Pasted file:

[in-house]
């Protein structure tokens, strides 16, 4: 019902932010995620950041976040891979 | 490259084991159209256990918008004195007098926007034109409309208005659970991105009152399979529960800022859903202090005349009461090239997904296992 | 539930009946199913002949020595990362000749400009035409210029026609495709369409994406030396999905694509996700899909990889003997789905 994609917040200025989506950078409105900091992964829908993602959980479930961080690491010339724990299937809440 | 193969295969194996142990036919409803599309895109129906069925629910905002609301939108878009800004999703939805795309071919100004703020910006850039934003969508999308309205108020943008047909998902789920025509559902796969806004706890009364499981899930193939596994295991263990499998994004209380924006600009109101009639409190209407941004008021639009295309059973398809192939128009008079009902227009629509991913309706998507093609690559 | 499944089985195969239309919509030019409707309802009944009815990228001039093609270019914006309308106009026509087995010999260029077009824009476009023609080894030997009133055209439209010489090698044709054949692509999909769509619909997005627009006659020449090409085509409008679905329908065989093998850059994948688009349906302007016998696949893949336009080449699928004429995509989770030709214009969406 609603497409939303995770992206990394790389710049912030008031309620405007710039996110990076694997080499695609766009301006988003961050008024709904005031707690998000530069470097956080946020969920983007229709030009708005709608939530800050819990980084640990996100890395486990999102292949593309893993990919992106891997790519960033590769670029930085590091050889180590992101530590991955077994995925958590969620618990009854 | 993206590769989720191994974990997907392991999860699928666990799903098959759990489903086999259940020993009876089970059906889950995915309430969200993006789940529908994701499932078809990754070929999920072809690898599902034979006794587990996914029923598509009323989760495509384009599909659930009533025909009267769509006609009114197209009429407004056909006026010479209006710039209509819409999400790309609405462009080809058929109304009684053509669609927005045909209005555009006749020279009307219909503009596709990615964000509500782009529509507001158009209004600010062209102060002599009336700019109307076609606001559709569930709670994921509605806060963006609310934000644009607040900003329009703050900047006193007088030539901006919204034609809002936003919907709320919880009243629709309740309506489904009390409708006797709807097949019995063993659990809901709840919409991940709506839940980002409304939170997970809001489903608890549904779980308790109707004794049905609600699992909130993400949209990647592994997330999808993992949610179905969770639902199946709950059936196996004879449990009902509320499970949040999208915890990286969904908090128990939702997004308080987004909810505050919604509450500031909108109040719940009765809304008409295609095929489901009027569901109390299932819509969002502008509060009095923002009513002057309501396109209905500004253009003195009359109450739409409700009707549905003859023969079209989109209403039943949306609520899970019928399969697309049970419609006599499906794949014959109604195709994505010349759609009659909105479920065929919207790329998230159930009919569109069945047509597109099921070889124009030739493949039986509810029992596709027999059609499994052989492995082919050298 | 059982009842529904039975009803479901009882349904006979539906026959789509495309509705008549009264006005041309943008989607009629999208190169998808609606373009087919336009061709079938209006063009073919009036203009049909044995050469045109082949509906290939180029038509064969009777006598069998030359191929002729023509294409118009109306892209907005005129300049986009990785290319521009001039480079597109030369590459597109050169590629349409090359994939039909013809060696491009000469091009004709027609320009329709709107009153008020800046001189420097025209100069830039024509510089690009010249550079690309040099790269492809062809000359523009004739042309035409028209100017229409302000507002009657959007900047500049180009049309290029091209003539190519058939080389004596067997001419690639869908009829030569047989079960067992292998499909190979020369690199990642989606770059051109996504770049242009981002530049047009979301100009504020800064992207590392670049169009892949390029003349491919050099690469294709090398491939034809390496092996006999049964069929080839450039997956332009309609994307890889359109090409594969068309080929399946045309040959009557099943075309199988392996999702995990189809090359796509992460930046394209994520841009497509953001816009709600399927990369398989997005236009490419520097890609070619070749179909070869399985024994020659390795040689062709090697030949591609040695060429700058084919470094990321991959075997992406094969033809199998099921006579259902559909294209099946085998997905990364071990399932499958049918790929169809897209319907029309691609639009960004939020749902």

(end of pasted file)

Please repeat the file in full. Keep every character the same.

[in-house]
């Protein structure tokens, strides 16, 4: 019902932010995620950041976040891979 | 490259084991159209256990918008004195007098926007034109409309208005659970991105009152399979529960800022859903202090005349009461090239997904296992 | 539930009946199913002949020595990362000749400009035409210029026609495709369409994406030396999905694509996700899909990889003997789905 994609917040200025989506950078409105900091992964829908993602959980479930961080690491010339724990299937809440 | 193969295969194996142990036919409803599309895109129906069925629910905002609301939108878009800004999703939805795309071919100004703020910006850039934003969508999308309205108020943008047909998902789920025509559902796969806004706890009364499981899930193939596994295991263990499998994004209380924006600009109101009639409190209407941004008021639009295309059973398809192939128009008079009902227009629509991913309706998507093609690559 | 499944089985195969239309919509030019409707309802009944009815990228001039093609270019914006309308106009026509087995010999260029077009824009476009023609080894030997009133055209439209010489090698044709054949692509999909769509619909997005627009006659020449090409085509409008679905329908065989093998850059994948688009349906302007016998696949893949336009080449699928004429995509989770030709214009969406 609603497409939303995770992206990394790389710049912030008031309620405007710039996110990076694997080499695609766009301006988003961050008024709904005031707690998000530069470097956080946020969920983007229709030009708005709608939530800050819990980084640990996100890395486990999102292949593309893993990919992106891997790519960033590769670029930085590091050889180590992101530590991955077994995925958590969620618990009854 | 993206590769989720191994974990997907392991999860699928666990799903098959759990489903086999259940020993009876089970059906889950995915309430969200993006789940529908994701499932078809990754070929999920072809690898599902034979006794587990996914029923598509009323989760495509384009599909659930009533025909009267769509006609009114197209009429407004056909006026010479209006710039209509819409999400790309609405462009080809058929109304009684053509669609927005045909209005555009006749020279009307219909503009596709990615964000509500782009529509507001158009209004600010062209102060002599009336700019109307076609606001559709569930709670994921509605806060963006609310934000644009607040900003329009703050900047006193007088030539901006919204034609809002936003919907709320919880009243629709309740309506489904009390409708006797709807097949019995063993659990809901709840919409991940709506839940980002409304939170997970809001489903608890549904779980308790109707004794049905609600699992909130993400949209990647592994997330999808993992949610179905969770639902199946709950059936196996004879449990009902509320499970949040999208915890990286969904908090128990939702997004308080987004909810505050919604509450500031909108109040719940009765809304008409295609095929489901009027569901109390299932819509969002502008509060009095923002009513002057309501396109209905500004253009003195009359109450739409409700009707549905003859023969079209989109209403039943949306609520899970019928399969697309049970419609006599499906794949014959109604195709994505010349759609009659909105479920065929919207790329998230159930009919569109069945047509597109099921070889124009030739493949039986509810029992596709027999059609499994052989492995082919050298 | 059982009842529904039975009803479901009882349904006979539906026959789509495309509705008549009264006005041309943008989607009629999208190169998808609606373009087919336009061709079938209006063009073919009036203009049909044995050469045109082949509906290939180029038509064969009777006598069998030359191929002729023509294409118009109306892209907005005129300049986009990785290319521009001039480079597109030369590459597109050169590629349409090359994939039909013809060696491009000469091009004709027609320009329709709107009153008020800046001189420097025209100069830039024509510089690009010249550079690309040099790269492809062809000359523009004739042309035409028209100017229409302000507002009657959007900047500049180009049309290029091209003539190519058939080389004596067997001419690639869908009829030569047989079960067992292998499909190979020369690199990642989606770059051109996504770049242009981002530049047009979301100009504020800064992207590392670049169009892949390029003349491919050099690469294709090398491939034809390496092996006999049964069929080839450039997956332009309609994307890889359109090409594969068309080929399946045309040959009557099943075309199988392996999702995990189809090359796509992460930046394209994520841009497509953001816009709600399927990369398989997005236009490419520097890609070619070749179909070869399985024994020659390795040689062709090697030949591609040695060429700058084919470094990321991959075997992406094969033809199998099921006579259902559909294209099946085998997905990364071990399932499958049918790929169809897209319907029309691609639009960004939020749902």